Can We Improve Job Satisfaction Without Changing Our Career?

Once, I was talking to a young barista who after several years of working in the same cafe was no longer happy serving corporate world customers with whom she could not relate. At this point, I proposed to her to do the same job, but at a different cafe, perhaps catering to a younger and more dynamic audience she wanted to see. After all, there are millions of cafes popping up all over the world nowadays and there are certainly enough job opportunities for young and hungry people like herself. 

Job satisfaction, an image of barista employee in coffee shop

As such, I was not proposing to make a life altering decision to change her profession altogether, but she could drastically improve her life satisfaction by changing the environment she was working at. She would do it by changing her location, coworkers, and clientele. She could even stay within the same chain, by looking at other cafes owned by the same chain, which would require a simple conversation with her manager or HR department. I’m sure that the chain would go an extra mile to keep a competent, trained, and experienced worker who proved their worth over years of service. 

Indeed, we are not biologically programmed to be doing the same thing all over again indefinitely and we need some variety. At the same time, we don’t need to make drastic life changing decisions and we can do similar work but in a different environment, perhaps even better paid.  

Thus, many people are afraid to make any sort of move, even if they are very well established in their profession, career, and life. They could have something better if they just take time to look around the corner. The only thing they’d require is to refresh their CV, to spend some time looking around, and ultimately to have courage to take the next step to improve their well-being. After all, once they managed to get a job, so they can do it again. 

Lastly, some jobs like being a barista are generic, meaning that a person in this case study does not necessarily have to settle for yet another job in a cafe. She can do a range of jobs that pay similar wages, but require a whole new different set of skills.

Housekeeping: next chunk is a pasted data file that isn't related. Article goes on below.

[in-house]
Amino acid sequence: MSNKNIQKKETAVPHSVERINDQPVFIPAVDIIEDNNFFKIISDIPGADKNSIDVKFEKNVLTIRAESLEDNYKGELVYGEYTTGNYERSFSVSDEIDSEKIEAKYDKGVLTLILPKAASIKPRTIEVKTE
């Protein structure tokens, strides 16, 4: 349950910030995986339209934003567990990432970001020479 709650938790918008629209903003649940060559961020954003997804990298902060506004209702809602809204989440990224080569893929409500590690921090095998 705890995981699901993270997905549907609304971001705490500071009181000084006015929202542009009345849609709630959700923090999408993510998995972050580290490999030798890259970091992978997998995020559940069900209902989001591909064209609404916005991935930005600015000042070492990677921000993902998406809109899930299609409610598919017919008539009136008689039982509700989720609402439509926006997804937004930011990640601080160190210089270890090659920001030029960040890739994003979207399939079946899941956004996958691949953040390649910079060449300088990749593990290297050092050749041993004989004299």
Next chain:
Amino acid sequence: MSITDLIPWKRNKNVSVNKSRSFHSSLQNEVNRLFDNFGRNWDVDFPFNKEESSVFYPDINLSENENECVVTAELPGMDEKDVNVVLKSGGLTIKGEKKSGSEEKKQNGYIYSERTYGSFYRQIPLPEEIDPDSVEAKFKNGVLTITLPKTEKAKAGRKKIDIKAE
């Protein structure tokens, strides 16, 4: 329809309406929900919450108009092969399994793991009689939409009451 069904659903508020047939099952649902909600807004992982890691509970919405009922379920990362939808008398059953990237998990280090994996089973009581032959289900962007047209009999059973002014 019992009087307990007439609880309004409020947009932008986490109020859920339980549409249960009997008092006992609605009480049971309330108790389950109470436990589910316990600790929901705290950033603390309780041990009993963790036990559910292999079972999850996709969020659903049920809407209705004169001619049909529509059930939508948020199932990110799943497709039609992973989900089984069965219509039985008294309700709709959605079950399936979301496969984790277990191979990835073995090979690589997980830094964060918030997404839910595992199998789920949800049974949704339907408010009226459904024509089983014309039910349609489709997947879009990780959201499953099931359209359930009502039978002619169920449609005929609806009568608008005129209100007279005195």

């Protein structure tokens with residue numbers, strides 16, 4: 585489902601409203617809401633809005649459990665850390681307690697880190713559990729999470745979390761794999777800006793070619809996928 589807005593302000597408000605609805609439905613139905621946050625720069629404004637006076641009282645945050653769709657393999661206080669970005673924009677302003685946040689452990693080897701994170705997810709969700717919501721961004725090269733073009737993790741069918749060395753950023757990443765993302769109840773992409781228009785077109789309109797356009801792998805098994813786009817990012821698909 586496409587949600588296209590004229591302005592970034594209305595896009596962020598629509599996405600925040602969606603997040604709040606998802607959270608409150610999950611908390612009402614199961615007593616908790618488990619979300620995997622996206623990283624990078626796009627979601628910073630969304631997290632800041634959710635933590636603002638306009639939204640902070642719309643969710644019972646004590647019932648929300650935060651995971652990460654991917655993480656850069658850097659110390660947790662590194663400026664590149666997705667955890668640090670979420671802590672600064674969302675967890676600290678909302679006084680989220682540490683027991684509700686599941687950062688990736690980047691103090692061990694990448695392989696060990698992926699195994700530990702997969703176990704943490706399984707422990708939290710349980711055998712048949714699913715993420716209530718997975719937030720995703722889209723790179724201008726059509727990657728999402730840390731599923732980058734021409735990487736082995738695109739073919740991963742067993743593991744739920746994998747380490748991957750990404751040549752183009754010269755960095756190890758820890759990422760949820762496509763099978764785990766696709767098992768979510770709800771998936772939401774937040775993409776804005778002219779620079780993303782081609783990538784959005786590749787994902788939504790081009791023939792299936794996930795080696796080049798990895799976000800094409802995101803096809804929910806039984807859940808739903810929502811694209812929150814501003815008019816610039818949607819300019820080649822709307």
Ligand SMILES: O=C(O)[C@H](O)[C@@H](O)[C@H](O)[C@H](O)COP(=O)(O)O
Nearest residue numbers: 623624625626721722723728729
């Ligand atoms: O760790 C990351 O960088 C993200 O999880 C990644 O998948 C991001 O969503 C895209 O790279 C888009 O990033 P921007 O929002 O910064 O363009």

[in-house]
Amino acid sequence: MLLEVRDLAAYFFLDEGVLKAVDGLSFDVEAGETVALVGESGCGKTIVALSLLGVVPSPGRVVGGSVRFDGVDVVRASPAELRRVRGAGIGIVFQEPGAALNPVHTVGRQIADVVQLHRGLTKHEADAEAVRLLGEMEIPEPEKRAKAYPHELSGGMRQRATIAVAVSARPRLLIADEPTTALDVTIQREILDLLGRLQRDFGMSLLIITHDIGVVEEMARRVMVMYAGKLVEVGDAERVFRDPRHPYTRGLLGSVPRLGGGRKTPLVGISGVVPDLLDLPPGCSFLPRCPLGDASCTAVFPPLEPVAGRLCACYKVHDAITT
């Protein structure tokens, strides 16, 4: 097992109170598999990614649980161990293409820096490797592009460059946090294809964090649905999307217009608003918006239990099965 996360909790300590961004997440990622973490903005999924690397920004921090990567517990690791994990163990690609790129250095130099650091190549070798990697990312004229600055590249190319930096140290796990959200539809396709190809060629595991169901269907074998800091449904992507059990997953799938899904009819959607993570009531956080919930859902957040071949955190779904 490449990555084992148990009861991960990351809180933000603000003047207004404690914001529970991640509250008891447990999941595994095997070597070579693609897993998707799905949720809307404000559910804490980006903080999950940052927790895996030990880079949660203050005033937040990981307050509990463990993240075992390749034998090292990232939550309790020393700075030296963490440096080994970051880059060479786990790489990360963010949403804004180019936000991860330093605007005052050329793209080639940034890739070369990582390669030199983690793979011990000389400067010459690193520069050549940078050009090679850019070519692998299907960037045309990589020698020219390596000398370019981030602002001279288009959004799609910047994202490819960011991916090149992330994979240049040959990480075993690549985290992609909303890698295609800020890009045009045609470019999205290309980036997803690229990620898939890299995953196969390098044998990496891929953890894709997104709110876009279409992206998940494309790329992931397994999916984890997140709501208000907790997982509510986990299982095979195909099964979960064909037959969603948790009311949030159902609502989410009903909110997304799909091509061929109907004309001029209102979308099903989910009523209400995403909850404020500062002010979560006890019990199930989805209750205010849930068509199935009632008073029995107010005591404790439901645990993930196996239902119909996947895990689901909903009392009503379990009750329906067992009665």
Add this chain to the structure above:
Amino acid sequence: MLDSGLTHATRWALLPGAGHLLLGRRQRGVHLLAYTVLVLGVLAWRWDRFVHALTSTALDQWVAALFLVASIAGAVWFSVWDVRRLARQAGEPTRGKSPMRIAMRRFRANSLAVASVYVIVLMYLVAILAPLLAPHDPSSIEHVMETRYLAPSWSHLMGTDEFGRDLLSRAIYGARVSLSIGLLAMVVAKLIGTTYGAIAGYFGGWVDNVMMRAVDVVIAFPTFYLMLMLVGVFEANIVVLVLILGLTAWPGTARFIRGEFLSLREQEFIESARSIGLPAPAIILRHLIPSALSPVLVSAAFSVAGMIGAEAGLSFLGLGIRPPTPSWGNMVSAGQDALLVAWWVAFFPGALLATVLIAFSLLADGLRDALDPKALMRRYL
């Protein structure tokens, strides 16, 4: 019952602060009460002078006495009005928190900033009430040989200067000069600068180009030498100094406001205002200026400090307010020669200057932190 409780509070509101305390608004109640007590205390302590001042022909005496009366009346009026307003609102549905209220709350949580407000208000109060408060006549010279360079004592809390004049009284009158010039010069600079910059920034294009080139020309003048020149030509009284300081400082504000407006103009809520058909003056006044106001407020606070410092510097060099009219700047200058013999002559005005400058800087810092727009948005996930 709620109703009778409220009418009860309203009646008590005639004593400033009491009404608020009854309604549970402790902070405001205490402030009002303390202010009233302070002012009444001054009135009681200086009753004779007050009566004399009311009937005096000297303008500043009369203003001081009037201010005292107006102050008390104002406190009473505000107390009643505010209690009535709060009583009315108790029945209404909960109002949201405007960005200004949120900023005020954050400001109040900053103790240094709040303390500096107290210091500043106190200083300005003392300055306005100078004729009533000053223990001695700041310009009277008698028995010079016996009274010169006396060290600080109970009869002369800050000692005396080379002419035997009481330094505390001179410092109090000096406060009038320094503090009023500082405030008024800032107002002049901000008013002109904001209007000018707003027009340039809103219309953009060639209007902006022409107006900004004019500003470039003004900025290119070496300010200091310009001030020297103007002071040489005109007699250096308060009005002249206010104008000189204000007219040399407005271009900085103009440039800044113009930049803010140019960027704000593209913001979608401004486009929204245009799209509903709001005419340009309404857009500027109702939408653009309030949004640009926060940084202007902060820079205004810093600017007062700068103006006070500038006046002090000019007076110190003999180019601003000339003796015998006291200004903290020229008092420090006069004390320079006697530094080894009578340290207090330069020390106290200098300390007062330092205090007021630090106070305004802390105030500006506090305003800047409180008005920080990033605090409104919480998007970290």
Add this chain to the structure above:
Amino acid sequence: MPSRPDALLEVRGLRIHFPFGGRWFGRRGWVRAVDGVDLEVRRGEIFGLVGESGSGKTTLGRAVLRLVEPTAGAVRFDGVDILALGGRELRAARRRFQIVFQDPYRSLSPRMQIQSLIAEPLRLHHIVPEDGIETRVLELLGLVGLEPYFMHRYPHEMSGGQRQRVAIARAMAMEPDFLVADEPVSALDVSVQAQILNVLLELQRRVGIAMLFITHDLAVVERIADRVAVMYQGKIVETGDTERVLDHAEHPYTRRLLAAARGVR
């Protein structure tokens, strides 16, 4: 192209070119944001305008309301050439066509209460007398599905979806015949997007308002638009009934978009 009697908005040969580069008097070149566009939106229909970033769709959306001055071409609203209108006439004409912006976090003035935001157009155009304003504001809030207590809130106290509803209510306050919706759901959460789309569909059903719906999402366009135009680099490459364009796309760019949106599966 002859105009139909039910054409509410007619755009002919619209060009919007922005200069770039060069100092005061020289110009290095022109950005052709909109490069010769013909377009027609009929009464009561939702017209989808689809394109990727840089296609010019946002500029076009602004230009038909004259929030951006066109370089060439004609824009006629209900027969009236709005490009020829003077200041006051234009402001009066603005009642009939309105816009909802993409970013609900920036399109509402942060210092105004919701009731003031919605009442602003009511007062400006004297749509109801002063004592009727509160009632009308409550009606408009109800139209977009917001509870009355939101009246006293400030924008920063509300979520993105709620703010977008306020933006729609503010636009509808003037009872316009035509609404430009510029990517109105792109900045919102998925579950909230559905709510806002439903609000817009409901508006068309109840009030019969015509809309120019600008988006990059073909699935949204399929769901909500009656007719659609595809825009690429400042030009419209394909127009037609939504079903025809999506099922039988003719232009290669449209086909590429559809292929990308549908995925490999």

Picture of Roman Russo: Author of Optimal Happiness

Roman Russo: Author of Optimal Happiness

Roman Russo wasn't always happy and struggled with his own negative emotions, anxieties, and depression, until one day he pledged to resolve this part of life, whatever it took. The journey took 6 years, but it was worth it. Today, Roman considers himself to be one of the happiest people alive, part of the 1% of the happiest elite, and he now teaches others a working and universal happiness formula to reach a similar goal. He offers his best advice on Optimal Happiness social media, newsletter, blog, and books, and teaches a complete and unconditional happiness formula in his online courses.

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“The problem is that of optimization,” states Roman Russo, author of Optimal Happiness: The Fastest & Surest Way To Reach Your Happiest Potential. There is plenty of advice on how to be happier or less sad, but no one is speaking about how to become the happiest we can be. And this is the difference that makes all the difference. By not looking at our maximum potential for happiness, we fall short of achieving it. After all, we all have hundreds of ideas on how to be happier or less sad, but most people still feel like they are not living their best lives. As such, Optimal Happiness explores the question of how to be the happiest we can be, regardless of who we are, where we are from, and what our life circumstances are. It proposes a complete and unconditional formula for happiness and explains how you too can become happy today and forever, inviting you to join the 1% happiness elite and become one of the happiest people alive.

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